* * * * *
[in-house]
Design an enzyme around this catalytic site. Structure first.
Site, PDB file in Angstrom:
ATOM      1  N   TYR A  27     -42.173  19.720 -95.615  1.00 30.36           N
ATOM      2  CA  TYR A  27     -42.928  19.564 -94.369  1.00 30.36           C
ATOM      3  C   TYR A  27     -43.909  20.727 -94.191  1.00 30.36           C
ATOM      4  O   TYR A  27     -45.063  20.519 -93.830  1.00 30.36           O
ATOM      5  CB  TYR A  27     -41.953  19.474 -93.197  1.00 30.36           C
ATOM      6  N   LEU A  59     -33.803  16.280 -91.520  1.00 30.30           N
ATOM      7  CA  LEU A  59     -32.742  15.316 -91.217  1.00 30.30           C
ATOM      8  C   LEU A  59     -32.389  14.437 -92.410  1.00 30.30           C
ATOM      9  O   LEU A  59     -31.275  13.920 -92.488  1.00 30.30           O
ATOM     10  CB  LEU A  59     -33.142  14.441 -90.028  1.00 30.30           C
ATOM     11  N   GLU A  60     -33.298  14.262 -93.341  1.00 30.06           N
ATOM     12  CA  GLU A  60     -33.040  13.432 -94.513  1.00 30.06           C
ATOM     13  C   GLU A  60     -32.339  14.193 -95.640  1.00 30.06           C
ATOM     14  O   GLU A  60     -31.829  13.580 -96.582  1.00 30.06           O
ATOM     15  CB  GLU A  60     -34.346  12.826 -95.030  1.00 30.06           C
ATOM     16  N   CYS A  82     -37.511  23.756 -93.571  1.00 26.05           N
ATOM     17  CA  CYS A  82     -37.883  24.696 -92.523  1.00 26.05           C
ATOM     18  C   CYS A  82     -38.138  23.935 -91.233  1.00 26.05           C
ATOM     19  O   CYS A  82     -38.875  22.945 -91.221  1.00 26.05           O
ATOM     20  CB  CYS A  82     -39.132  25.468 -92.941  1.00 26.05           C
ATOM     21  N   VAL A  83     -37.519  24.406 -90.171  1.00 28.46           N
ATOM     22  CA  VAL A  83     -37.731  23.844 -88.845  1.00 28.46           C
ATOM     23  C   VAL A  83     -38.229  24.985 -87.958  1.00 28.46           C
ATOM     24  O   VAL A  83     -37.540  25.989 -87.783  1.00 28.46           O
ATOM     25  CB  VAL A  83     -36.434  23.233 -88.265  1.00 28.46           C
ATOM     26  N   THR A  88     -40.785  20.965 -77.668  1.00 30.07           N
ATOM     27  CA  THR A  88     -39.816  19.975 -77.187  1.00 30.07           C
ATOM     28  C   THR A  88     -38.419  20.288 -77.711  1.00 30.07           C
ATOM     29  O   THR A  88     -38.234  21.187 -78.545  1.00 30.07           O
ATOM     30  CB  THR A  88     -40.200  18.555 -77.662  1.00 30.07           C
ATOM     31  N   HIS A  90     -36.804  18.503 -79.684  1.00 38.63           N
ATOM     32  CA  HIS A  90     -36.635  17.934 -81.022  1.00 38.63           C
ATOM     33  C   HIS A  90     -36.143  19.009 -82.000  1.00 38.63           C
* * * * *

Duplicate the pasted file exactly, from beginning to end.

[in-house]
Design an enzyme around this catalytic site. Structure first.
Site, PDB file in Angstrom:
ATOM      1  N   TYR A  27     -42.173  19.720 -95.615  1.00 30.36           N
ATOM      2  CA  TYR A  27     -42.928  19.564 -94.369  1.00 30.36           C
ATOM      3  C   TYR A  27     -43.909  20.727 -94.191  1.00 30.36           C
ATOM      4  O   TYR A  27     -45.063  20.519 -93.830  1.00 30.36           O
ATOM      5  CB  TYR A  27     -41.953  19.474 -93.197  1.00 30.36           C
ATOM      6  N   LEU A  59     -33.803  16.280 -91.520  1.00 30.30           N
ATOM      7  CA  LEU A  59     -32.742  15.316 -91.217  1.00 30.30           C
ATOM      8  C   LEU A  59     -32.389  14.437 -92.410  1.00 30.30           C
ATOM      9  O   LEU A  59     -31.275  13.920 -92.488  1.00 30.30           O
ATOM     10  CB  LEU A  59     -33.142  14.441 -90.028  1.00 30.30           C
ATOM     11  N   GLU A  60     -33.298  14.262 -93.341  1.00 30.06           N
ATOM     12  CA  GLU A  60     -33.040  13.432 -94.513  1.00 30.06           C
ATOM     13  C   GLU A  60     -32.339  14.193 -95.640  1.00 30.06           C
ATOM     14  O   GLU A  60     -31.829  13.580 -96.582  1.00 30.06           O
ATOM     15  CB  GLU A  60     -34.346  12.826 -95.030  1.00 30.06           C
ATOM     16  N   CYS A  82     -37.511  23.756 -93.571  1.00 26.05           N
ATOM     17  CA  CYS A  82     -37.883  24.696 -92.523  1.00 26.05           C
ATOM     18  C   CYS A  82     -38.138  23.935 -91.233  1.00 26.05           C
ATOM     19  O   CYS A  82     -38.875  22.945 -91.221  1.00 26.05           O
ATOM     20  CB  CYS A  82     -39.132  25.468 -92.941  1.00 26.05           C
ATOM     21  N   VAL A  83     -37.519  24.406 -90.171  1.00 28.46           N
ATOM     22  CA  VAL A  83     -37.731  23.844 -88.845  1.00 28.46           C
ATOM     23  C   VAL A  83     -38.229  24.985 -87.958  1.00 28.46           C
ATOM     24  O   VAL A  83     -37.540  25.989 -87.783  1.00 28.46           O
ATOM     25  CB  VAL A  83     -36.434  23.233 -88.265  1.00 28.46           C
ATOM     26  N   THR A  88     -40.785  20.965 -77.668  1.00 30.07           N
ATOM     27  CA  THR A  88     -39.816  19.975 -77.187  1.00 30.07           C
ATOM     28  C   THR A  88     -38.419  20.288 -77.711  1.00 30.07           C
ATOM     29  O   THR A  88     -38.234  21.187 -78.545  1.00 30.07           O
ATOM     30  CB  THR A  88     -40.200  18.555 -77.662  1.00 30.07           C
ATOM     31  N   HIS A  90     -36.804  18.503 -79.684  1.00 38.63           N
ATOM     32  CA  HIS A  90     -36.635  17.934 -81.022  1.00 38.63           C
ATOM     33  C   HIS A  90     -36.143  19.009 -82.000  1.00 38.63           C